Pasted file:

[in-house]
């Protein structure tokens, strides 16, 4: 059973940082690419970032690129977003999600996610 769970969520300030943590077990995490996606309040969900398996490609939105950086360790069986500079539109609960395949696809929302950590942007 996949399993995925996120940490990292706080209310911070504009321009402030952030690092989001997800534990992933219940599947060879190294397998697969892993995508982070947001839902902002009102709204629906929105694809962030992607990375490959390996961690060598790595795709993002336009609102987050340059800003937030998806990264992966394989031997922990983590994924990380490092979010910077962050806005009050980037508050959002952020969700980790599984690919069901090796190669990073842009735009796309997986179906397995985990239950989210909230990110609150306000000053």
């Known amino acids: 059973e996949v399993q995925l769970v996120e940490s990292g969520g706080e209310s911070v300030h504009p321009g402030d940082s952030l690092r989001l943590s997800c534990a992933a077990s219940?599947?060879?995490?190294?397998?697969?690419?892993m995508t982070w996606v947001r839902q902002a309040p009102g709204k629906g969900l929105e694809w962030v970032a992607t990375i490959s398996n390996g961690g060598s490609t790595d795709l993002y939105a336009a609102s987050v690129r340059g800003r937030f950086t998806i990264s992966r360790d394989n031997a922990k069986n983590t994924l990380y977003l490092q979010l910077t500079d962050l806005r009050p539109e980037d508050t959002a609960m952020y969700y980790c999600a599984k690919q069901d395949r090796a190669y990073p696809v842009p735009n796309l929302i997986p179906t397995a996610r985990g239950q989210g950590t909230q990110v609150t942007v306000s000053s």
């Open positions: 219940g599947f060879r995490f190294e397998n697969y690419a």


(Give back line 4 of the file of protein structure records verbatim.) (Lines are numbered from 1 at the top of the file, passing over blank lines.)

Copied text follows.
């Open positions: 219940g599947f060879r995490f190294e397998n697969y690419a």